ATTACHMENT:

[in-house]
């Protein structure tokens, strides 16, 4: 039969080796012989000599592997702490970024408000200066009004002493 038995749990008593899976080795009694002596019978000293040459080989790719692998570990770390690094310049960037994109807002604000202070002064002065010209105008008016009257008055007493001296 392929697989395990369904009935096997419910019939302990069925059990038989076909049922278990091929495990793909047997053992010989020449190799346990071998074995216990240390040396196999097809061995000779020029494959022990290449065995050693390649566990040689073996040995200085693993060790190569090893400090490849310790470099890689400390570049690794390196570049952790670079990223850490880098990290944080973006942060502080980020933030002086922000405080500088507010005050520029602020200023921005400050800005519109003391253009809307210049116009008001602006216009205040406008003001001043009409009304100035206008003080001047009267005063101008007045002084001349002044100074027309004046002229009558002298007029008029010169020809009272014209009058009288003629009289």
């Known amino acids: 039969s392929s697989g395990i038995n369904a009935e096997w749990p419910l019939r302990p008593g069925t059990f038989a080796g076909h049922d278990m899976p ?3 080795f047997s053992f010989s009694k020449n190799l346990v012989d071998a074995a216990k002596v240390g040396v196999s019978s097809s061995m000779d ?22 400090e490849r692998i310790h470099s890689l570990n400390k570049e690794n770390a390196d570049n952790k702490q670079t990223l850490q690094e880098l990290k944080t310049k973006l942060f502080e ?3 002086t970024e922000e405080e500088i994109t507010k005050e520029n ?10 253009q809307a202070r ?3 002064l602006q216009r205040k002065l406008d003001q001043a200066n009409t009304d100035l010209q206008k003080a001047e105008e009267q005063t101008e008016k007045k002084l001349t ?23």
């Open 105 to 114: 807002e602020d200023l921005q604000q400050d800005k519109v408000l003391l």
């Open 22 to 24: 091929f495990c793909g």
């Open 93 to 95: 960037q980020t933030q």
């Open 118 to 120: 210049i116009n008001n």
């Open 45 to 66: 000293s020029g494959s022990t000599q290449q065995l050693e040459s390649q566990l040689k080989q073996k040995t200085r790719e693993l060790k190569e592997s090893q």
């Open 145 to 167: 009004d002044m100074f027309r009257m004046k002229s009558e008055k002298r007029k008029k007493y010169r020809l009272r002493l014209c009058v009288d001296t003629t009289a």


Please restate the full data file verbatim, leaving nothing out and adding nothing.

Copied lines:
[in-house]
């Protein structure tokens, strides 16, 4: 039969080796012989000599592997702490970024408000200066009004002493 038995749990008593899976080795009694002596019978000293040459080989790719692998570990770390690094310049960037994109807002604000202070002064002065010209105008008016009257008055007493001296 392929697989395990369904009935096997419910019939302990069925059990038989076909049922278990091929495990793909047997053992010989020449190799346990071998074995216990240390040396196999097809061995000779020029494959022990290449065995050693390649566990040689073996040995200085693993060790190569090893400090490849310790470099890689400390570049690794390196570049952790670079990223850490880098990290944080973006942060502080980020933030002086922000405080500088507010005050520029602020200023921005400050800005519109003391253009809307210049116009008001602006216009205040406008003001001043009409009304100035206008003080001047009267005063101008007045002084001349002044100074027309004046002229009558002298007029008029010169020809009272014209009058009288003629009289």
């Known amino acids: 039969s392929s697989g395990i038995n369904a009935e096997w749990p419910l019939r302990p008593g069925t059990f038989a080796g076909h049922d278990m899976p ?3 080795f047997s053992f010989s009694k020449n190799l346990v012989d071998a074995a216990k002596v240390g040396v196999s019978s097809s061995m000779d ?22 400090e490849r692998i310790h470099s890689l570990n400390k570049e690794n770390a390196d570049n952790k702490q670079t990223l850490q690094e880098l990290k944080t310049k973006l942060f502080e ?3 002086t970024e922000e405080e500088i994109t507010k005050e520029n ?10 253009q809307a202070r ?3 002064l602006q216009r205040k002065l406008d003001q001043a200066n009409t009304d100035l010209q206008k003080a001047e105008e009267q005063t101008e008016k007045k002084l001349t ?23």
């Open 105 to 114: 807002e602020d200023l921005q604000q400050d800005k519109v408000l003391l």
């Open 22 to 24: 091929f495990c793909g």
């Open 93 to 95: 960037q980020t933030q």
């Open 118 to 120: 210049i116009n008001n």
């Open 45 to 66: 000293s020029g494959s022990t000599q290449q065995l050693e040459s390649q566990l040689k080989q073996k040995t200085r790719e693993l060790k190569e592997s090893q």
């Open 145 to 167: 009004d002044m100074f027309r009257m004046k002229s009558e008055k002298r007029k008029k007493y010169r020809l009272r002493l014209c009058v009288d001296t003629t009289a």